There were more than 100 incidents of livestock worrying reported to Police Scotland between April and November last year.
Figures provided by the Scottish Government, in response to a question from Scottish Conservative MSP for Aberdeenshire West Alexander Burnett, reveal the extent of livestock worrying across the country in the past decade.
They show that between April and November 2021 there were 103 incidents recorded by Police Scotland under the Dogs (Protection of Livestock) Act 1953, including six in Aberdeenshire, six in Angus and eight in the Highlands.
There were two incidents in Aberdeen City, eight in Argyll & Bute, two in Fife, two in Moray, three in the Western Isles, one in the Orkney Islands, three in Perth & Kinross, one in the Shetland Islands and eight in Stirling.
Dumfries and Galloway was the worst hit local authority area with 16 incidents reported in the eight-month period, followed by the Scottish Borders with nine incidents.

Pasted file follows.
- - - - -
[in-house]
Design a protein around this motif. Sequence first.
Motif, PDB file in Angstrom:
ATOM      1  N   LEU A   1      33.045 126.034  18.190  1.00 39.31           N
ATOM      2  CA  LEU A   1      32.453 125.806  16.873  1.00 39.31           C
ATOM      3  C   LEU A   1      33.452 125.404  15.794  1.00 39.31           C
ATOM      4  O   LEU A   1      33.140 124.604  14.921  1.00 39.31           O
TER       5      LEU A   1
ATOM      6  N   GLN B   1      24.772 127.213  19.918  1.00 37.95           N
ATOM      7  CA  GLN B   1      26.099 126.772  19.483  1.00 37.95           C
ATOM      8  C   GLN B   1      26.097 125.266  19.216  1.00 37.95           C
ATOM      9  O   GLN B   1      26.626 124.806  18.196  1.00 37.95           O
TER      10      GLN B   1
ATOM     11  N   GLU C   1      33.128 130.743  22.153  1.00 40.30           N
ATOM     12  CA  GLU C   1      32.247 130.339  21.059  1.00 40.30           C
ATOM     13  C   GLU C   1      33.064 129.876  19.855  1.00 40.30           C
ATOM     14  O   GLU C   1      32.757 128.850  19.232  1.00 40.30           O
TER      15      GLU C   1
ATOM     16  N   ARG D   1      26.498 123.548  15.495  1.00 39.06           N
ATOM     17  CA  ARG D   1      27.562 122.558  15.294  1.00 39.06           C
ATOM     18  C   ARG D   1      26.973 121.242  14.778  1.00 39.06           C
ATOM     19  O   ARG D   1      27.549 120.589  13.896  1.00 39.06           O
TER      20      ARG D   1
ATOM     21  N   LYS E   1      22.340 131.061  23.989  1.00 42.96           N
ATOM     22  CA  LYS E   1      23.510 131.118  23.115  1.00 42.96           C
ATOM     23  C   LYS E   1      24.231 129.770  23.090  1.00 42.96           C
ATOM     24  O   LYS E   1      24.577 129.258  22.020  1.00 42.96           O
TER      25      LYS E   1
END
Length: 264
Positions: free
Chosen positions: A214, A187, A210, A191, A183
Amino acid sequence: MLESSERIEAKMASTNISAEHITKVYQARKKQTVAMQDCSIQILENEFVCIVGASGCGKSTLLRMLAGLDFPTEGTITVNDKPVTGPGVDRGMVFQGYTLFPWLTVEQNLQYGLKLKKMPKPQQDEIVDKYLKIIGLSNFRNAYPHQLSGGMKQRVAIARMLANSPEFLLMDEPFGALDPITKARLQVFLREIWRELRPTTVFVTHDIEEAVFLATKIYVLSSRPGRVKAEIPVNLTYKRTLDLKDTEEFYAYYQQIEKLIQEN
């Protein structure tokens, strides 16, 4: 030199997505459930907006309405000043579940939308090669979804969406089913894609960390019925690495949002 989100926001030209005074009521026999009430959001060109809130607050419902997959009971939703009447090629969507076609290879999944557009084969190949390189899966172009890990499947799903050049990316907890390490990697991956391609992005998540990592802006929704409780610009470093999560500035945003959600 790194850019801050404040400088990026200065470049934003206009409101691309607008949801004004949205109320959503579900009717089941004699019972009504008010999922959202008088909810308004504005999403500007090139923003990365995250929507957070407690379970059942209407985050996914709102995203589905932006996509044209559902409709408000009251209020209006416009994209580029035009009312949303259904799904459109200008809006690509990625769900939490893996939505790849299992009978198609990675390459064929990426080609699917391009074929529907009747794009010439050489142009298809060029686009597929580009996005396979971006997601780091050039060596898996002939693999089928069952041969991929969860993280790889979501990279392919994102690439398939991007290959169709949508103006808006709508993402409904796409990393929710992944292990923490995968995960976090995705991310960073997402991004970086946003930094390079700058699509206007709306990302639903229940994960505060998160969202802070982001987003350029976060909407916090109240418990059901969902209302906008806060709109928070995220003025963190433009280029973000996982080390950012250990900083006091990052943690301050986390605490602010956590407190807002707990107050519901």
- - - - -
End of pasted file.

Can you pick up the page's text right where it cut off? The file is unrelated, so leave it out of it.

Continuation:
The figures, which span back to the 2012/13 year, show there have been 1,436 incidents reported across Scotland between 2012 and November 2021.
Mr Burnett said the figures highlighted why changes to livestock worrying legislation, which came into force in March last year, were needed.
Changes to livestock worrying legislation
The changes, introduced through a member’s Bill brought forward by SNP MSP Emma Harper, increase penalties for owners who let their dogs attack livestock to a maximum fine of £40,000 or 12 months imprisonment.
“The strengthening of police powers should protect farms while cracking down on thoughtless dog owners,” added Mr Burnett.
“Worrying may not always lead to an attack but often it results in healthy animals which need to be put down. There are heart-breaking consequences to thoughtlessness – both for the owner and the farmer.”
A survey carried out by the National Sheep Association (NSA) in 2021 found two-thirds of UK sheep farmers had experienced an increase in dog attacks on their animals since the start of the Covid-19 pandemic.
The survey also found more than half of 616 farmer respondents had experienced abuse or intimidation when personally asking dog owners to put their pet on a lead and that on average each respondent experienced seven cases of sheep worrying during the past year, resulting in five sheep injured and two sheep killed per attack.